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Old 03-08-2009, 10:24 AM   #1
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Default Former Steeler gives talk in Lewisburg

Former Steeler gives talk in Lewisburg

By Brett R. Crossley
For The Daily Item

LEWISBURG -- Students at Lewisburg Area High School got a break Thursday from the normal routine of classes as they were greeted by a former member of the most feared defense of the 1970s, Pittsburgh Steelers linebacker Andy Russell. One of the original members of the feared "Steel Curtain" defense, Russell volunteered some of his time to talk to Lewisburg students about the values of hard work.

Russell, 67, who played eleven years in the NFL, all of which were with the Steelers, talked to the students about achieving goals and being driven. Russell broke his presentation into three different categories; the journey, thinking big and having a dream, and finally hard work. Russell used stories from his childhood with his parents teaching him the importance of being self reliant, to life-changing moments in college, and of course, his time with the beloved Pittsburgh Steelers.

Russell played in and won two Super Bowls, was selected to seven Pro Bowls, and was named one of the NFL's top 300 players of all-time. Russell was also named to the 1970s all-pro team and was named the Steelers MVP in 1971. Throughout his career, Russell embodied the blue-collar, tough-man approach made famous by the Steelers and their surrounding city.

"My parents were driven to teach me to be self-reliant," said Russell, "When I was 15 they wanted me to go to Europe and bike from Glasgow, Scotland, where my father was born, to Naples, Italy. If you know your map, that's a long way. They told me I would have to sleep in hay stacks and would never get to go to any restaurants, but I would learn good things from my journey."

Russell used the story from his childhood to describe the journey segment of the presentation. At age 15, Russell was sent to Europe with a friend to complete the two-month long journey by bike. His parents believed it would help give him the experience of having to fend for himself in an unfamiliar world.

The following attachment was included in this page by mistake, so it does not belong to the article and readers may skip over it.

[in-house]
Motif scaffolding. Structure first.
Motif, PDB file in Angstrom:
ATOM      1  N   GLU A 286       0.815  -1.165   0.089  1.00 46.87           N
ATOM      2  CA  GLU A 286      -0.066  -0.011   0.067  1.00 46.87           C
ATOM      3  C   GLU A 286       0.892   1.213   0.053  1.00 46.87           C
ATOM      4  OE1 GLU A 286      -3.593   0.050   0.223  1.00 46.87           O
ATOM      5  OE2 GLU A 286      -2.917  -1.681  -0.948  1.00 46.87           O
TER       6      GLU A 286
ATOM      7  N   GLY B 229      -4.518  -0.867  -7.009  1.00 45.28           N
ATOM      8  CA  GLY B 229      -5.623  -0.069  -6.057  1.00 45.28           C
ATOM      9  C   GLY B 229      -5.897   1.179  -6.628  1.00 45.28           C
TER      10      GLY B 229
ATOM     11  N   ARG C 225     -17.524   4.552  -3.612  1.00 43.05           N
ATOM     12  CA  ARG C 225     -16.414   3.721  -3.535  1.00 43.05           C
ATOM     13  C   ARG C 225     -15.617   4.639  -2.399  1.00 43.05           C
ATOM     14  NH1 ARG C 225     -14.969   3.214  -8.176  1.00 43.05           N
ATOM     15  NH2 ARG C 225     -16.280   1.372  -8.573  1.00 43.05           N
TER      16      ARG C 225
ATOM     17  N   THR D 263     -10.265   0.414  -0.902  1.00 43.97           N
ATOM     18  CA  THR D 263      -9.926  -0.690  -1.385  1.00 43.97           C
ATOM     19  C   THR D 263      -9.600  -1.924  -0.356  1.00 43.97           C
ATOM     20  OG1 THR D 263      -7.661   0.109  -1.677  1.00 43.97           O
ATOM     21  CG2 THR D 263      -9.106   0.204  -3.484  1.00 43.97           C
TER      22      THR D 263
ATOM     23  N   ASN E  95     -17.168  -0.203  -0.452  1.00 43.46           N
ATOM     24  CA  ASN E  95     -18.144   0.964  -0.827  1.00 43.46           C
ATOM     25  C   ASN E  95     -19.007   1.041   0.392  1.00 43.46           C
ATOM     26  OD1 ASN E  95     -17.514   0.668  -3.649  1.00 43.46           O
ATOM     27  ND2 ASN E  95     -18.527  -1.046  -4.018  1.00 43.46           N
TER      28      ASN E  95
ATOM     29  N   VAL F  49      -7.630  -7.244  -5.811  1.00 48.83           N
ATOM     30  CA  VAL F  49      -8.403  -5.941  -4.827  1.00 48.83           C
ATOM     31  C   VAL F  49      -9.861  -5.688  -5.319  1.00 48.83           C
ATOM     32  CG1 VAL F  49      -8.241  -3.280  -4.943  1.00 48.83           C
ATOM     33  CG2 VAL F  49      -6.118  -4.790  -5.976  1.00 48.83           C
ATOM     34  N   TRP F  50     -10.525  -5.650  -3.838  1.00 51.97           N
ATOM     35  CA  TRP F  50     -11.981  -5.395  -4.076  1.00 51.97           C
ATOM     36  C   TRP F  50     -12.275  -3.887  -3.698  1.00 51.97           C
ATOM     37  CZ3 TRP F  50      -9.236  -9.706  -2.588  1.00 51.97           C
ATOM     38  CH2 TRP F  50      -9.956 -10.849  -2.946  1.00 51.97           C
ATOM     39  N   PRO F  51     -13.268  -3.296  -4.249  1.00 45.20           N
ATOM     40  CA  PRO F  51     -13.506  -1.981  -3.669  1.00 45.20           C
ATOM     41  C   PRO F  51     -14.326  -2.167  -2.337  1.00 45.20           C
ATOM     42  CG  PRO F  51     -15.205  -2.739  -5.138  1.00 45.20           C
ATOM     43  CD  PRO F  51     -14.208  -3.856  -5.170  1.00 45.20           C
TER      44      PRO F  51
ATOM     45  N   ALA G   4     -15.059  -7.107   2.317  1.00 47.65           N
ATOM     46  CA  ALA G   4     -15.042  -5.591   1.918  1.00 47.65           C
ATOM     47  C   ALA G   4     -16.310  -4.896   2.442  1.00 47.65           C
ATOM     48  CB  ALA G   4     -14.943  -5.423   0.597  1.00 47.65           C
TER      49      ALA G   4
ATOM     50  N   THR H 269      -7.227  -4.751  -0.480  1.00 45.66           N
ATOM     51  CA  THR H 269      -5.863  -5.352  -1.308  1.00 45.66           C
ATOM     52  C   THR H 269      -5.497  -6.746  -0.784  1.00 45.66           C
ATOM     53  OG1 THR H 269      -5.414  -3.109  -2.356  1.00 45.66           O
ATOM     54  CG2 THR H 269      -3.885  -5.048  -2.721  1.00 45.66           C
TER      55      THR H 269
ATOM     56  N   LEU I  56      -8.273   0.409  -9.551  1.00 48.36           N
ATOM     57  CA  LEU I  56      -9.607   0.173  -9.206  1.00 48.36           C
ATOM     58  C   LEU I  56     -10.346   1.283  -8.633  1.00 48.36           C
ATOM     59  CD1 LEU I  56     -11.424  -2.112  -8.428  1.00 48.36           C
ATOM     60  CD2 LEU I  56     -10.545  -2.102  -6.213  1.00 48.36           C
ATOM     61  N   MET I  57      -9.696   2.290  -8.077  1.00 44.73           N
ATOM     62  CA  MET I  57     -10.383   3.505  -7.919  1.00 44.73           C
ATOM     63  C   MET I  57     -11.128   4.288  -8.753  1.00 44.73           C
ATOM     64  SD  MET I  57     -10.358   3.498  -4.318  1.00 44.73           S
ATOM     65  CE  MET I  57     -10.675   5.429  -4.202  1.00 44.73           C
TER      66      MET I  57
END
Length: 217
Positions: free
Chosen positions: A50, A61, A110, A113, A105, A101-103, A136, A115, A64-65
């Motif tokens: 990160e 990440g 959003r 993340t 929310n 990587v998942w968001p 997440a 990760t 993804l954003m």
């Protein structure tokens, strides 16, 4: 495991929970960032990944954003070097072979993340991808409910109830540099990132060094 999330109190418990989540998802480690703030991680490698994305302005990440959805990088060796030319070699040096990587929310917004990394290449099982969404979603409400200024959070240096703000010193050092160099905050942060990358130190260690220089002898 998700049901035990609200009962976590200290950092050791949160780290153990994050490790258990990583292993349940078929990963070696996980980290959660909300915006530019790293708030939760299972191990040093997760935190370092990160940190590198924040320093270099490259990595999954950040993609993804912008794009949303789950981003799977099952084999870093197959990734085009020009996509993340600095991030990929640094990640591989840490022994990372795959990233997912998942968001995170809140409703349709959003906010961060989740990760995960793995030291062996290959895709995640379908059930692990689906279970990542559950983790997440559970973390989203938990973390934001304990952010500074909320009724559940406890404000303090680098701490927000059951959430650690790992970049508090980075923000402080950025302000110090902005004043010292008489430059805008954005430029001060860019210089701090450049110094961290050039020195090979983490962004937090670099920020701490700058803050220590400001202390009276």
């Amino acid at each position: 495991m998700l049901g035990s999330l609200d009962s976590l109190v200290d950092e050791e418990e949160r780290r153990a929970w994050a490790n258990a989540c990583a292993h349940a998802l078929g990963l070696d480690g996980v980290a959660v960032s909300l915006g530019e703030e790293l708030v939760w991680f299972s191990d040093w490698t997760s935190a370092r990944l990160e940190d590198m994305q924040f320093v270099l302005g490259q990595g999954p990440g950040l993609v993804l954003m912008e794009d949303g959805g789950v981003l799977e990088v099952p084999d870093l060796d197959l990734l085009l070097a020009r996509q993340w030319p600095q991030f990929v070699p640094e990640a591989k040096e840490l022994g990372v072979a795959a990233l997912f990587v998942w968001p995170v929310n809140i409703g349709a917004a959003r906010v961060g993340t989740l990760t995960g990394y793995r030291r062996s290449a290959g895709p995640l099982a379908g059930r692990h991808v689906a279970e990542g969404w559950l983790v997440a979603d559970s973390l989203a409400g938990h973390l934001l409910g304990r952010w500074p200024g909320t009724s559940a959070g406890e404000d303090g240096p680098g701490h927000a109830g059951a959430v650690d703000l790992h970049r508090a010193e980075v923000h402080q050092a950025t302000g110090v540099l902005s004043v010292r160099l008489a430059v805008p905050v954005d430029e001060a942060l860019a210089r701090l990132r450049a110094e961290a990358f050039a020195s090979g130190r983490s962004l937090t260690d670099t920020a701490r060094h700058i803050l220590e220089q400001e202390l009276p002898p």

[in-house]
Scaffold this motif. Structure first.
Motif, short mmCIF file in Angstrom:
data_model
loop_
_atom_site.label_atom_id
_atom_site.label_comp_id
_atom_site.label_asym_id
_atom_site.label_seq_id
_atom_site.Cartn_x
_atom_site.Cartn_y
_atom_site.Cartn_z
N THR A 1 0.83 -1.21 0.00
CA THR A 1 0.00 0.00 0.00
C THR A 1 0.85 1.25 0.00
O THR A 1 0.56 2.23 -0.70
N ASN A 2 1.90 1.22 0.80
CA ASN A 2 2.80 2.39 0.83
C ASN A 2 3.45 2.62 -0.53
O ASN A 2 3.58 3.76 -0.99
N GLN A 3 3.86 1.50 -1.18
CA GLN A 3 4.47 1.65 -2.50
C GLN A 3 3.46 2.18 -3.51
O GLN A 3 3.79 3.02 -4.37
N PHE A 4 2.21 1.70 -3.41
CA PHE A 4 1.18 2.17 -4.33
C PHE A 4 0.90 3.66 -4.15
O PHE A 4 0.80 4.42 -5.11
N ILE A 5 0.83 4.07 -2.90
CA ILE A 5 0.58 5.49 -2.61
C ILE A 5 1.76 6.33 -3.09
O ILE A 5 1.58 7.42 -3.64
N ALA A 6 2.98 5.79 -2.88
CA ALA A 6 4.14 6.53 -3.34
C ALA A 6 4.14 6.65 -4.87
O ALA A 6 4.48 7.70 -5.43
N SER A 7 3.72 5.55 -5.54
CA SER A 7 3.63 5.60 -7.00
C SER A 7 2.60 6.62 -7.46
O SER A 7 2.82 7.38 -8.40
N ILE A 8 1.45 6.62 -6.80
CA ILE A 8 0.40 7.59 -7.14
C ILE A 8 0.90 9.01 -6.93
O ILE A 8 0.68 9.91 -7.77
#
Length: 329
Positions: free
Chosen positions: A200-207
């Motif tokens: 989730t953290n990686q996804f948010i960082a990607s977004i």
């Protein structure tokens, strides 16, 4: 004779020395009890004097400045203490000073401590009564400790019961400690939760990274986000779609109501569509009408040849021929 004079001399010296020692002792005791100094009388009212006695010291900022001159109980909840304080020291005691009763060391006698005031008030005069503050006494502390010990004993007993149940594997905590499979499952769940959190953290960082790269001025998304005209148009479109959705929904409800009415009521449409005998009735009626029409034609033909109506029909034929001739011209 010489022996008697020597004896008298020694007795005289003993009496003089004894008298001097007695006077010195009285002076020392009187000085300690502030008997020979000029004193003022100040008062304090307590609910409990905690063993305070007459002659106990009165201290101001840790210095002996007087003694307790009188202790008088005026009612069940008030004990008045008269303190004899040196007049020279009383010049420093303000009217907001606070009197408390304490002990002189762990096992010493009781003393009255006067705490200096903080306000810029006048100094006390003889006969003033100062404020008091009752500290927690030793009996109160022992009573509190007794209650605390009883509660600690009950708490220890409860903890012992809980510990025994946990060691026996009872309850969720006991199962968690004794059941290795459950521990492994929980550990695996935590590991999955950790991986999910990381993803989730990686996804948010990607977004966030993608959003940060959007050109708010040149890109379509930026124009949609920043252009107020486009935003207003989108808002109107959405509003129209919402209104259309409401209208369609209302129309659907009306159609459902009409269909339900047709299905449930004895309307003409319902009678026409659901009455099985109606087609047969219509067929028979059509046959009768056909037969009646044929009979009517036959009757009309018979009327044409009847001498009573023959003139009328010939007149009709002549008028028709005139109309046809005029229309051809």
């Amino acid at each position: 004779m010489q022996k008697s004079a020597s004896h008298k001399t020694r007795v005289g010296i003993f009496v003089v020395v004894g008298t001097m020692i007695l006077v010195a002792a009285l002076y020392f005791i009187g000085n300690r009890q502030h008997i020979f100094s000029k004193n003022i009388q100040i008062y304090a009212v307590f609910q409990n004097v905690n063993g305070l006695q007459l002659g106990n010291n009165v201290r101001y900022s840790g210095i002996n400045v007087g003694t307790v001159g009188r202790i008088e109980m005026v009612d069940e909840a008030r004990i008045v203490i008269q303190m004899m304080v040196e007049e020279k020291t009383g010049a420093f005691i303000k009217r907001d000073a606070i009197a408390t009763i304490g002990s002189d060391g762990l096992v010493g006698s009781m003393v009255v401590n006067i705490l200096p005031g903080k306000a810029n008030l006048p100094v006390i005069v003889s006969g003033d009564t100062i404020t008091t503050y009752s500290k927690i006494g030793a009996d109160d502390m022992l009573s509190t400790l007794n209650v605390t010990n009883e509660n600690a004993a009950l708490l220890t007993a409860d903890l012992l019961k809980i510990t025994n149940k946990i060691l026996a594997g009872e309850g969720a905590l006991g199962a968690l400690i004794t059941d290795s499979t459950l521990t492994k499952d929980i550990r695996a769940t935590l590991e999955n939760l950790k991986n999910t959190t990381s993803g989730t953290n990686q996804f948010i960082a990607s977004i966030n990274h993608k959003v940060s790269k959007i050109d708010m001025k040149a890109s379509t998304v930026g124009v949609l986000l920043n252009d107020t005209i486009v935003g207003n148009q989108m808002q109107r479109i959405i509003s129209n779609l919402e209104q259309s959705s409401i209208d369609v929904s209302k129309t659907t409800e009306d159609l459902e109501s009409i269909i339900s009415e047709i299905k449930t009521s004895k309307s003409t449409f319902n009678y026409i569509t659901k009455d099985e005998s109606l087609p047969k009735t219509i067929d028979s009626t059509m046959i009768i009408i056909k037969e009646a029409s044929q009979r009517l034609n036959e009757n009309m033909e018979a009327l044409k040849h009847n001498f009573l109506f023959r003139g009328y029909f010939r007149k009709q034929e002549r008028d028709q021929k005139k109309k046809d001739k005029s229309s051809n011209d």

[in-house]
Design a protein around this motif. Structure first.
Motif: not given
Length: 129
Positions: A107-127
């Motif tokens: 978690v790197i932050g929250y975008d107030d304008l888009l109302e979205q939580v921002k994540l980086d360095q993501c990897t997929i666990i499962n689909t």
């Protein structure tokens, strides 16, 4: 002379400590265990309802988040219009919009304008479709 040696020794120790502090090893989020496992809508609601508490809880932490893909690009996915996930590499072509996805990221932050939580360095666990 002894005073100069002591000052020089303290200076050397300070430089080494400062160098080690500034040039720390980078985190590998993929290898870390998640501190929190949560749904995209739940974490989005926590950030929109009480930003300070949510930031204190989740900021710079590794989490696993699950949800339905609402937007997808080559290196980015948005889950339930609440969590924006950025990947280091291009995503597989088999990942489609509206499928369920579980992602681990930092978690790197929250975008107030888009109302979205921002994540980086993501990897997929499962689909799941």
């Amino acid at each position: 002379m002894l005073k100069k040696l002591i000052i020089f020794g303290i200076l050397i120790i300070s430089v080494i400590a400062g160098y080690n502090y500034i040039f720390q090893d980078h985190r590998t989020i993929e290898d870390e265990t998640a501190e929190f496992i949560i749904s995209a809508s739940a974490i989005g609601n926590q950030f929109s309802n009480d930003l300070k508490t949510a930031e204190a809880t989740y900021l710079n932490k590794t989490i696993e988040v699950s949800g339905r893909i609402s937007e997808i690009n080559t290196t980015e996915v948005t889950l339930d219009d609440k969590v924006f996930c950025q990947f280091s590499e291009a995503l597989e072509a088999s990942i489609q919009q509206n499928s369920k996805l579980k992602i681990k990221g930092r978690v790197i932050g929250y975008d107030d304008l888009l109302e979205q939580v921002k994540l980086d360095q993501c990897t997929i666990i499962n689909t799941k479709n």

Before leaving, Russell said he inquired about the money for his trip and his father replied, "You get a $150."

Russell then explained how he asked him what happens when he runs out of money and his father replied, "get a job."

Russell followed that question up with one last question, "What if there are no jobs?" and his father replied, "Then you will starve."

Needless to say, Russell and his friend made it home without starving. Russell explained how the journey taught him about the value of money and survival. He then quoted his former coach, Steelers coaching legend Chuck Noll, who said, "Life is a journey and you never arrive.'"

In his presentation, Russell said of the advice, "That's good; you don't ever want to arrive. You want to continue to face challenges and seek out risks and excitement. Don't ever shy away from things that are difficult."

Russell used the quote from Noll to transition into the next part of the presentation where he talked about thinking big and setting a dream for yourself.

Russell talked about his time at the University of Missouri, and how a friend of his got him to use his competitive nature in the classroom.

Russell told a story about how when playing ping-pong with a fraternity brother, that brother helped him realized he could use his competitive spirit to his advantage in the classroom.

"My friend told me I should try and go against other members of the fraternity," Russell said. "My friend and I then competed in some economics courses we had."

Russell explained how the drive of everyone in the fraternity became stronger because of the challenge. "Each member became more driven."
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